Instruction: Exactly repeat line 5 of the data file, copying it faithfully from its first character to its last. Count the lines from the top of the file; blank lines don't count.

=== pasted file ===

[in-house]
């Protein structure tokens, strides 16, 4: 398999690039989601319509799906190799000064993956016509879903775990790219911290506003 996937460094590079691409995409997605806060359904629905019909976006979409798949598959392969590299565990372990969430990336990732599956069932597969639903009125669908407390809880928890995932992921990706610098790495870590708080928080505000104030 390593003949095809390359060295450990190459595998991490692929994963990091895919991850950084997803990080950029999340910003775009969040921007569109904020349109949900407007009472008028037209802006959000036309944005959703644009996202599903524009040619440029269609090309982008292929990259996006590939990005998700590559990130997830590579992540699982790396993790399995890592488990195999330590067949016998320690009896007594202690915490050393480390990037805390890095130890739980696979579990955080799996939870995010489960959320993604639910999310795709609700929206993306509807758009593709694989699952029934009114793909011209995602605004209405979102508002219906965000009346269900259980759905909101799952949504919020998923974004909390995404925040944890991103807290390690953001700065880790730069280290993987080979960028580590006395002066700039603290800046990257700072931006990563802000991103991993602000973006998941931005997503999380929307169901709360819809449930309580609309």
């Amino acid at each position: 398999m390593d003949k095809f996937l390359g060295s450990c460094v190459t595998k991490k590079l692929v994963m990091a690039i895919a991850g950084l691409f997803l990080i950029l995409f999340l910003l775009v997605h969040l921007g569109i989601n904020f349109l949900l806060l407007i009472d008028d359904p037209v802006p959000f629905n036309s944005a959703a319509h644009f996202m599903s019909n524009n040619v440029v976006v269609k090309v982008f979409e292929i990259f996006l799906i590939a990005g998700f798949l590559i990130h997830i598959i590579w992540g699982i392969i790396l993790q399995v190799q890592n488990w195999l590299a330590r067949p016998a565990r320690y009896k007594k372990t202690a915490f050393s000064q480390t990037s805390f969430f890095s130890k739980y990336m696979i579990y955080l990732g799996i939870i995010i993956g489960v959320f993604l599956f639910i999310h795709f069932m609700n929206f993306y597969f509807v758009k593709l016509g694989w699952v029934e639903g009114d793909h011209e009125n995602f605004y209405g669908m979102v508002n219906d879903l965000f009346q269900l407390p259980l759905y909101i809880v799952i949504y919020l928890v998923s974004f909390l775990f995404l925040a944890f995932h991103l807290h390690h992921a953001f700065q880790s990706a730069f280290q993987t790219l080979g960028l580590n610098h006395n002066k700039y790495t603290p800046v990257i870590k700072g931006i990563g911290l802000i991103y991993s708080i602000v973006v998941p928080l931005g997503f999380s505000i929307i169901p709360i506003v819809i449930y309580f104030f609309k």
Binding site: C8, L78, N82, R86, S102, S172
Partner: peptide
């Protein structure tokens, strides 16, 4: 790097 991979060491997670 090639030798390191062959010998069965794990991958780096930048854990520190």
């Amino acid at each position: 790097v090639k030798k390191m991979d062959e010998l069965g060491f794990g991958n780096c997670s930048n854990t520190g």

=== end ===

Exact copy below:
Partner: peptide